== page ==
Seals

The seals are marine mammals. They have been classified as a suborder in the order carnivora, but some zoologists consider the seals a separate order, Pinnipedia. The name comes from Latin words meaning “fin-footed.”

The order is divided into three families the earless seals of the family Phocidae; the sea lions and fur seals, also known as the eared seals, of the family Otariidae; and the walrus, of the family Odobenidae. Seals are found along most coasts but some of the biggest concentrations are in Arctic and Antarctic waters.

Elephant seals are the largest of the seal group. The males weigh up to 8,000 pounds (3,600 kilograms) and can measure up to 21 feet (6.4 meters) in length. Their name is derived from the bladder on their nose, which can be 15 inches (38 centimeters) long. These animals are polygamous; the bulls become belligerent in the breeding season and challenge each other’s dominance to acquire a harem.

General features

Pinnipeds spend most of their lives in water, although they go on land to bear and rear their pups and to molt. Like the cetaceans, they are well adapted for an aquatic life. Their bodies are streamlined and torpedo-shaped. They are padded with blubber that acts as an energy store and that provides insulation. Their limbs have been modified into flippers for swimming. Pinnipeds have either tiny external ears or none at all, and slitlike nostrils. The ears and nostrils are closed when the animals are submerged, but the eyes remain open and are efficient under water. Whereas walruses are almost bare-skinned, most pinnipeds are covered with short hair.

All pinnipeds are well adapted for diving. When they plunge, their heart rate immediately drops from 50 to 100 beats per minute to 10 or less. The remaining blood flow is directed mainly to the brain. Like whales, pinnipeds can survive without breathing for much longer periods than land mammals. The record for diving is probably held by the Weddell seal, recorded at a depth of some 2,360 feet (719 meters) for up to 43 minutes.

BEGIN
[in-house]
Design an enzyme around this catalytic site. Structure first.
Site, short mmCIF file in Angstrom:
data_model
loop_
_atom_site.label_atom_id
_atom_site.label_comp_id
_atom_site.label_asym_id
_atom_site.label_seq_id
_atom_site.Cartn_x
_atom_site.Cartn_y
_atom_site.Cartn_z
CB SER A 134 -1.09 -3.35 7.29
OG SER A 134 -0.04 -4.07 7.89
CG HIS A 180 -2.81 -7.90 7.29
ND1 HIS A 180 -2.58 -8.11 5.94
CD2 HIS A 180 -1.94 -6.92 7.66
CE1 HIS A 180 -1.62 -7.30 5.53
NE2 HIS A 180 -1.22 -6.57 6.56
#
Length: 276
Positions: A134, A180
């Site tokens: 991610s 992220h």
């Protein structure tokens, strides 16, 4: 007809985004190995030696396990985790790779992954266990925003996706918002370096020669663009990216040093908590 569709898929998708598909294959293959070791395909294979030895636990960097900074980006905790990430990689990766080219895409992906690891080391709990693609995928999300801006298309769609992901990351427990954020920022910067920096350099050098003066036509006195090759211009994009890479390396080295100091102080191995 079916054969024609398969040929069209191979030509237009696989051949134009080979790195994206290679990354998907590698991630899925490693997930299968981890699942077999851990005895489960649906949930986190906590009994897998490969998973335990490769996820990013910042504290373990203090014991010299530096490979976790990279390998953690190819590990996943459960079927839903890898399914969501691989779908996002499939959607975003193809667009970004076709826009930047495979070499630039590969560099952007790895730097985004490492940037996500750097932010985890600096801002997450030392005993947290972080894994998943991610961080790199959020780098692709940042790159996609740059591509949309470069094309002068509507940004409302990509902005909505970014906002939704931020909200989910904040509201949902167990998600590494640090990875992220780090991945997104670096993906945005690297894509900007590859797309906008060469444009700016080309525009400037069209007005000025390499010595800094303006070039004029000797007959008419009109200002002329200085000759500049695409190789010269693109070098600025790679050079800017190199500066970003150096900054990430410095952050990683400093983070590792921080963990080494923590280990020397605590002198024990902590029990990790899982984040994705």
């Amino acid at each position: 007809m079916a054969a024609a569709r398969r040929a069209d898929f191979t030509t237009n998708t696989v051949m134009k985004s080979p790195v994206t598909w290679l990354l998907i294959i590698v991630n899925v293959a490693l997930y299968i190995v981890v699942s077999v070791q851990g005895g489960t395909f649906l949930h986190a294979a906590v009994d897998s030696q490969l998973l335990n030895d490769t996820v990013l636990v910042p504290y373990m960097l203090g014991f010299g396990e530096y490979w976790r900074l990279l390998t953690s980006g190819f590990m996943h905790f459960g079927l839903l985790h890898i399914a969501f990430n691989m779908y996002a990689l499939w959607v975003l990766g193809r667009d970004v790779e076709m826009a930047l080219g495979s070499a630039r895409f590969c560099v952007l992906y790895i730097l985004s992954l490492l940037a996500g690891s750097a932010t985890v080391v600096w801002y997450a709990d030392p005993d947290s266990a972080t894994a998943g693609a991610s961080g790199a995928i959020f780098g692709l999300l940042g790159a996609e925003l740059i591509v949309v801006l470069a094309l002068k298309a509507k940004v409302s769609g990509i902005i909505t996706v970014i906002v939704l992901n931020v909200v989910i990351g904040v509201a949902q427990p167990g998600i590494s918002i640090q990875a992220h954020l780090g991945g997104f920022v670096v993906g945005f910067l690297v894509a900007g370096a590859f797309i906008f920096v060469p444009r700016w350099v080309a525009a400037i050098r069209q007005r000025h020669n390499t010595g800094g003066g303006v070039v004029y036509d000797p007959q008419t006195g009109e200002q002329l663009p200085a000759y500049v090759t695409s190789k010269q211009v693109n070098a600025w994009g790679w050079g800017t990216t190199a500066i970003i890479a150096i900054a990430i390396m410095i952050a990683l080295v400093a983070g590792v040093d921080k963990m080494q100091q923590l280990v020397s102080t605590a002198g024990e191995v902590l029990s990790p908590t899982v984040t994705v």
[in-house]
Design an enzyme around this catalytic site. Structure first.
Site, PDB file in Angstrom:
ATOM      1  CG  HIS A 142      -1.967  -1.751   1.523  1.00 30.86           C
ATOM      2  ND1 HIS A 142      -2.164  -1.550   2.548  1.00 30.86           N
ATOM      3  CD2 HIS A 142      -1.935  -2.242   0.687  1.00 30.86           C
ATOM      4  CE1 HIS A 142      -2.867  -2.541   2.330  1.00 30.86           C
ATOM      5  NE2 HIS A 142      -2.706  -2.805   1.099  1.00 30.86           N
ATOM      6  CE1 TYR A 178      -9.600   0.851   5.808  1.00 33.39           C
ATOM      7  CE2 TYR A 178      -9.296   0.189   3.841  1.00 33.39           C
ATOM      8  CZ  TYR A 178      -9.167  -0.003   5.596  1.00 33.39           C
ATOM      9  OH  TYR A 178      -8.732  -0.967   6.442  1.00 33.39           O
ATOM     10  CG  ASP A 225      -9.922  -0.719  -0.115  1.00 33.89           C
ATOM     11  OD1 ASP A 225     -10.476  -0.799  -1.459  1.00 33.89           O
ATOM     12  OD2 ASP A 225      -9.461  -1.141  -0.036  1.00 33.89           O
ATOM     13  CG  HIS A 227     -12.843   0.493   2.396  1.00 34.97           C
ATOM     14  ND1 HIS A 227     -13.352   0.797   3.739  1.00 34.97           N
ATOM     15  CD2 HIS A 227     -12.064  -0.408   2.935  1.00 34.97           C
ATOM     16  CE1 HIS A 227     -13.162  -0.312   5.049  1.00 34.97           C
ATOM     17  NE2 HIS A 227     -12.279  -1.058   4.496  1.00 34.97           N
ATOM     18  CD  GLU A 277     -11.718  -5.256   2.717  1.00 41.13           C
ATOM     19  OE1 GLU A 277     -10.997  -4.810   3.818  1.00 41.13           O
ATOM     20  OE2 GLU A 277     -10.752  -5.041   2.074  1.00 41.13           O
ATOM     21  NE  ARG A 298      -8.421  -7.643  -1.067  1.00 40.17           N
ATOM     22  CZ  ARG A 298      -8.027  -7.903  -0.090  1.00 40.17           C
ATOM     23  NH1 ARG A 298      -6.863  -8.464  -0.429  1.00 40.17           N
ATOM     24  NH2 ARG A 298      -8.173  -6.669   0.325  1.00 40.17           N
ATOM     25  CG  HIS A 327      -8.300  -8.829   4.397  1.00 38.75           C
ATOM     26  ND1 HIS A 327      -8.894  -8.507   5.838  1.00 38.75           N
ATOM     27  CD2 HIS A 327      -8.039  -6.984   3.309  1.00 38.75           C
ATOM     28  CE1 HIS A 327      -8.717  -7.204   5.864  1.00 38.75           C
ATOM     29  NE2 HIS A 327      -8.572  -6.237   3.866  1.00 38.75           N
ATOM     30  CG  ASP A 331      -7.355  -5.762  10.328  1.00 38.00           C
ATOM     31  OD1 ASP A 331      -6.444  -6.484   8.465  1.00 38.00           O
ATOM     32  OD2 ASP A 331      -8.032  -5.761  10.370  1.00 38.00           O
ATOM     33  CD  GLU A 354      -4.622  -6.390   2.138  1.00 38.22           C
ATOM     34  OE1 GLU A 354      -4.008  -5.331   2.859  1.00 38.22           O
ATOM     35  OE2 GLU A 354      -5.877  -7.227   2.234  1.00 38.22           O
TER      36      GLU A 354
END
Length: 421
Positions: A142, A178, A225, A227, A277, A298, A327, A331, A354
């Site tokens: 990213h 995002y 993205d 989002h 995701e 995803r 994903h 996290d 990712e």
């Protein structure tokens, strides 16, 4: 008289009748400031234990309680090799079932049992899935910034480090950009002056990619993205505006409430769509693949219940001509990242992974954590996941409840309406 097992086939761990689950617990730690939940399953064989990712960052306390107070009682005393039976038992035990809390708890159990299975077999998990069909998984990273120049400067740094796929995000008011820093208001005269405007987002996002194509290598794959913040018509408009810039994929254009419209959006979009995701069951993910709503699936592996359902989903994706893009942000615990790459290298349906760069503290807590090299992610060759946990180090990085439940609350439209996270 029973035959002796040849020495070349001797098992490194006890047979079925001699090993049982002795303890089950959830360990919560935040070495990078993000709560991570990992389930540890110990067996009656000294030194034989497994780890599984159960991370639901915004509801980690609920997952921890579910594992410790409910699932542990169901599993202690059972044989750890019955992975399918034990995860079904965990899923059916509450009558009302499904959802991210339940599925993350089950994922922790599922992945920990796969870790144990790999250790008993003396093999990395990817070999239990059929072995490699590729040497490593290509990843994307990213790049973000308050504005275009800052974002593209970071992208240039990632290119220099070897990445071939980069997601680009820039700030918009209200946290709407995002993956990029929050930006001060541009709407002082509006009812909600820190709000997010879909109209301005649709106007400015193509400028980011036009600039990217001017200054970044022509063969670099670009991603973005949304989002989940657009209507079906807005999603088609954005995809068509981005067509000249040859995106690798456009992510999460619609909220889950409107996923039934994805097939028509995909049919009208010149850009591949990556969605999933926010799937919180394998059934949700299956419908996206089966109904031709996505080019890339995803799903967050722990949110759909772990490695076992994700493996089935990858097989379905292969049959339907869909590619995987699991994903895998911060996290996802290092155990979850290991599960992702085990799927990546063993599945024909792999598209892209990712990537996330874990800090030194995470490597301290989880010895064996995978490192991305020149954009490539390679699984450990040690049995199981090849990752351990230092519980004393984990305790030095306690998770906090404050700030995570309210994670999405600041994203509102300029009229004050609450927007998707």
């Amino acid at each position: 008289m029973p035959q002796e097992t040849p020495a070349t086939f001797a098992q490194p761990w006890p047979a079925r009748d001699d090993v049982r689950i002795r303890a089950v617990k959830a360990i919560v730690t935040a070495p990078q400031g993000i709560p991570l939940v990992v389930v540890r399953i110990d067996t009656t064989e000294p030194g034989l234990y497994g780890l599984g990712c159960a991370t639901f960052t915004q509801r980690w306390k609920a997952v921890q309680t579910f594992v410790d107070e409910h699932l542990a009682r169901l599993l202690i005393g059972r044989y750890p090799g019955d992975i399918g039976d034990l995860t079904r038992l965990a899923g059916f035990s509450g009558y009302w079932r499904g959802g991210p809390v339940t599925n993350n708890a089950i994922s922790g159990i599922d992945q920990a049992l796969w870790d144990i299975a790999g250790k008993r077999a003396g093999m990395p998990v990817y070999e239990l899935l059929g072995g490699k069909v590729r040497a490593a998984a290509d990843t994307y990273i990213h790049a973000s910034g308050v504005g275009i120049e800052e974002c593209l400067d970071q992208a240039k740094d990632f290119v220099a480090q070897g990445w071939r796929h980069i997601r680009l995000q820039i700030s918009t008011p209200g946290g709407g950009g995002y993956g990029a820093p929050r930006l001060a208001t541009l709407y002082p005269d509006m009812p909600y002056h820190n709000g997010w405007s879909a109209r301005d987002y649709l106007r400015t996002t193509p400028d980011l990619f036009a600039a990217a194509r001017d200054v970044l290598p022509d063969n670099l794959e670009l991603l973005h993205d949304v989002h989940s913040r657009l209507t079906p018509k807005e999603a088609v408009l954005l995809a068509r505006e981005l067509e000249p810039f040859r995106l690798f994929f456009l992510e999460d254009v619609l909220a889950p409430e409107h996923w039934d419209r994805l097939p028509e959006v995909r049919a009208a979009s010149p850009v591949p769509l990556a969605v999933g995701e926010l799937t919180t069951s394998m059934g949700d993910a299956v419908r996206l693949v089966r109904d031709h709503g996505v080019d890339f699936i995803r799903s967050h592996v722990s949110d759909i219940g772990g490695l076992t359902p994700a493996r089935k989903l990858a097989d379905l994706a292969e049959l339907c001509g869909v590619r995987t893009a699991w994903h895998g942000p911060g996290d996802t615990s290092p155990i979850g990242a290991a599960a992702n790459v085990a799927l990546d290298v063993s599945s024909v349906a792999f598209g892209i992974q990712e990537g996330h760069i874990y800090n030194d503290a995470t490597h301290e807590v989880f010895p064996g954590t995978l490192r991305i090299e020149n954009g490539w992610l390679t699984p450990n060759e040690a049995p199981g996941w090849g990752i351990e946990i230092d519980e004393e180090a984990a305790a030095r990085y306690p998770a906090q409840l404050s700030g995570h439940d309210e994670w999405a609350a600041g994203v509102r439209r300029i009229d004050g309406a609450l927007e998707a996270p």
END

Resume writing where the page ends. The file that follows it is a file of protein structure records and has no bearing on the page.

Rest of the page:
Male pinnipeds are much larger than the females. A large bull southern elephant seal weighs up to 8,000 pounds (3,600 kilograms), four times more than the cow. The life span varies according to species, from about 25 years to 40 years or more.

Most pinnipeds feed on fish, but eared seals also eat crustaceans and marine mollusks, such as squid and octopus. Other pinnipeds, such as the leopard seals also eat the pups of other seals, and a genus of sea lion occasionally eats penguins. The diet of the walrus consists chiefly of clams and oysters.

Cows give birth to one pup a year, usually at a traditional breeding space called a rookery, where large colonies of seals gather. Most rookeries are on islands, but rookeries of northern fur seals are large beach areas. More than 150,000 seals may gather at a single rookery. The bull seals at these rookeries are usually polygamous—that is, one bull mates with several cows—and arrive there before the cows do to establish territories, fighting off other males.

After a gestation period of about 12 months, the pup is born. Earless seals suckle their pups for a short time. The harp seal, for example, suckles its young for only nine days after birth. The pups develop very rapidly and during this period the cow does not feed, drawing on her reserves of blubber to produce milk. The pups of some species are able to swim within hours of birth, whereas others take several weeks. Eared seals rear their pups very slowly. Galapagos fur seals, for example, are not weaned until they are two or three years old.

A few days after a cow seal has given birth, she mates again, but the implantation is delayed for a few months. This allows the female to recover from the strain of feeding her pup. It also means that pups are always born at about the same time of year, which is an important consideration for migratory species.